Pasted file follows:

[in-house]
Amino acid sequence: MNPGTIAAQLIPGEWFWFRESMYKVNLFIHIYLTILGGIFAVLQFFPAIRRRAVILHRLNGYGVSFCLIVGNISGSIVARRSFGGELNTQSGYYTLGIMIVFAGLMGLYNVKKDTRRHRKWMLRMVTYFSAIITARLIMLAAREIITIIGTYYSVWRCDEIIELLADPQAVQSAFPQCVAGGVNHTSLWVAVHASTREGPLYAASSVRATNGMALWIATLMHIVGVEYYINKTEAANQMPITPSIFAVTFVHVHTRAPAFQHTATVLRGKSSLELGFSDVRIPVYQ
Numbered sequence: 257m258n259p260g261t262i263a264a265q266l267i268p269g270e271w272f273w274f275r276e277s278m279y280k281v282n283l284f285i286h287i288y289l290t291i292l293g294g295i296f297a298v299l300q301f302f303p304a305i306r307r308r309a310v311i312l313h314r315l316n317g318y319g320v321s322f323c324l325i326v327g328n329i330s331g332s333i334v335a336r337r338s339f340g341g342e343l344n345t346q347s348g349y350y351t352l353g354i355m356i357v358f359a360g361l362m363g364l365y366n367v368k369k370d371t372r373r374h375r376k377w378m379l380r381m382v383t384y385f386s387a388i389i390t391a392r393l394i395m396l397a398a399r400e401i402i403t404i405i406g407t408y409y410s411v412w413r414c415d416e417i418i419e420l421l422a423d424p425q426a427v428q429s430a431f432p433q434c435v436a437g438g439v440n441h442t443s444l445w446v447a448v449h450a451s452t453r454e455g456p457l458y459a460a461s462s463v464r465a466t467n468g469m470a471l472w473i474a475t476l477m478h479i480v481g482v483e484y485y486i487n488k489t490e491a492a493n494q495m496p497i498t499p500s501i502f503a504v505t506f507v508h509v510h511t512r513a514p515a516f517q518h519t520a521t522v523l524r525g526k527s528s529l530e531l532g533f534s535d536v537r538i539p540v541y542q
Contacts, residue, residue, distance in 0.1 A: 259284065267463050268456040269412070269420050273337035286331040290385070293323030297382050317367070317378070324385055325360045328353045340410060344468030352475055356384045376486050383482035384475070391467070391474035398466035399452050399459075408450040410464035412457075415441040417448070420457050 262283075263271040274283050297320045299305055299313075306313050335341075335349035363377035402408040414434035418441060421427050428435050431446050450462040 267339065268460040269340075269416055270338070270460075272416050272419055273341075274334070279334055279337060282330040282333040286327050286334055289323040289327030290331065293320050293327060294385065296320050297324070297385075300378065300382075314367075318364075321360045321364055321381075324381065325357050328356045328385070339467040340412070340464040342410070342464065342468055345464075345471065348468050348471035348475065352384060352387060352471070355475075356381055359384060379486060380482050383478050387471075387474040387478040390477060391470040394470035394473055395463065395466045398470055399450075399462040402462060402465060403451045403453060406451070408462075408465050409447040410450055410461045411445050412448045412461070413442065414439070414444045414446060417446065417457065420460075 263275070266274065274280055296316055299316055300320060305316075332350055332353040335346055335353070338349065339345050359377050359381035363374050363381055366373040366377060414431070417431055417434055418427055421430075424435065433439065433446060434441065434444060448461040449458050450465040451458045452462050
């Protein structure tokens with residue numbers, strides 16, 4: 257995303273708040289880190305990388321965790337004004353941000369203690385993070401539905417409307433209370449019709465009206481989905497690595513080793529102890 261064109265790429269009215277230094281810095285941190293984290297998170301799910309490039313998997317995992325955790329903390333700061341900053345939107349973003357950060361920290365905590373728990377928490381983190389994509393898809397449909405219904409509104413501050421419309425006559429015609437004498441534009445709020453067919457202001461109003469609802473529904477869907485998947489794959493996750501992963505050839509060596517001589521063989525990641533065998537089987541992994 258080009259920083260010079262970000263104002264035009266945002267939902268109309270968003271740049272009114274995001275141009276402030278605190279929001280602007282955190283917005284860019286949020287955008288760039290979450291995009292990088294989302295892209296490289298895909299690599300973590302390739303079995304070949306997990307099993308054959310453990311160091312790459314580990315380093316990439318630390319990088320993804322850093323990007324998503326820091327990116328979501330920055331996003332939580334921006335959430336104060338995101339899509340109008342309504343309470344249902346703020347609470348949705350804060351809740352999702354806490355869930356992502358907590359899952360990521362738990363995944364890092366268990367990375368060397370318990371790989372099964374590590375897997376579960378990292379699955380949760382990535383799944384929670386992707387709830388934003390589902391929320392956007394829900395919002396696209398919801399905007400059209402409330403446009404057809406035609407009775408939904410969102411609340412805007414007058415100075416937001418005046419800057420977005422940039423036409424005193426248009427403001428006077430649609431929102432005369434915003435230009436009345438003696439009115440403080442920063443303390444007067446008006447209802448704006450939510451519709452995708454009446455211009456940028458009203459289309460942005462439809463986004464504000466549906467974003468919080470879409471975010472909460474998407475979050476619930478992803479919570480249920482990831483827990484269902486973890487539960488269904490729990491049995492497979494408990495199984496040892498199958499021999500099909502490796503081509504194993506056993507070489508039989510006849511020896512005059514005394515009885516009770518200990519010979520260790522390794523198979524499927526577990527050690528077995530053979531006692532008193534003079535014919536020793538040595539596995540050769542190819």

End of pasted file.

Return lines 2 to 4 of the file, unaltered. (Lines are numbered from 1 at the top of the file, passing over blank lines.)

Amino acid sequence: MNPGTIAAQLIPGEWFWFRESMYKVNLFIHIYLTILGGIFAVLQFFPAIRRRAVILHRLNGYGVSFCLIVGNISGSIVARRSFGGELNTQSGYYTLGIMIVFAGLMGLYNVKKDTRRHRKWMLRMVTYFSAIITARLIMLAAREIITIIGTYYSVWRCDEIIELLADPQAVQSAFPQCVAGGVNHTSLWVAVHASTREGPLYAASSVRATNGMALWIATLMHIVGVEYYINKTEAANQMPITPSIFAVTFVHVHTRAPAFQHTATVLRGKSSLELGFSDVRIPVYQ
Numbered sequence: 257m258n259p260g261t262i263a264a265q266l267i268p269g270e271w272f273w274f275r276e277s278m279y280k281v282n283l284f285i286h287i288y289l290t291i292l293g294g295i296f297a298v299l300q301f302f303p304a305i306r307r308r309a310v311i312l313h314r315l316n317g318y319g320v321s322f323c324l325i326v327g328n329i330s331g332s333i334v335a336r337r338s339f340g341g342e343l344n345t346q347s348g349y350y351t352l353g354i355m356i357v358f359a360g361l362m363g364l365y366n367v368k369k370d371t372r373r374h375r376k377w378m379l380r381m382v383t384y385f386s387a388i389i390t391a392r393l394i395m396l397a398a399r400e401i402i403t404i405i406g407t408y409y410s411v412w413r414c415d416e417i418i419e420l421l422a423d424p425q426a427v428q429s430a431f432p433q434c435v436a437g438g439v440n441h442t443s444l445w446v447a448v449h450a451s452t453r454e455g456p457l458y459a460a461s462s463v464r465a466t467n468g469m470a471l472w473i474a475t476l477m478h479i480v481g482v483e484y485y486i487n488k489t490e491a492a493n494q495m496p497i498t499p500s501i502f503a504v505t506f507v508h509v510h511t512r513a514p515a516f517q518h519t520a521t522v523l524r525g526k527s528s529l530e531l532g533f534s535d536v537r538i539p540v541y542q
Contacts, residue, residue, distance in 0.1 A: 259284065267463050268456040269412070269420050273337035286331040290385070293323030297382050317367070317378070324385055325360045328353045340410060344468030352475055356384045376486050383482035384475070391467070391474035398466035399452050399459075408450040410464035412457075415441040417448070420457050 262283075263271040274283050297320045299305055299313075306313050335341075335349035363377035402408040414434035418441060421427050428435050431446050450462040 267339065268460040269340075269416055270338070270460075272416050272419055273341075274334070279334055279337060282330040282333040286327050286334055289323040289327030290331065293320050293327060294385065296320050297324070297385075300378065300382075314367075318364075321360045321364055321381075324381065325357050328356045328385070339467040340412070340464040342410070342464065342468055345464075345471065348468050348471035348475065352384060352387060352471070355475075356381055359384060379486060380482050383478050387471075387474040387478040390477060391470040394470035394473055395463065395466045398470055399450075399462040402462060402465060403451045403453060406451070408462075408465050409447040410450055410461045411445050412448045412461070413442065414439070414444045414446060417446065417457065420460075 263275070266274065274280055296316055299316055300320060305316075332350055332353040335346055335353070338349065339345050359377050359381035363374050363381055366373040366377060414431070417431055417434055418427055421430075424435065433439065433446060434441065434444060448461040449458050450465040451458045452462050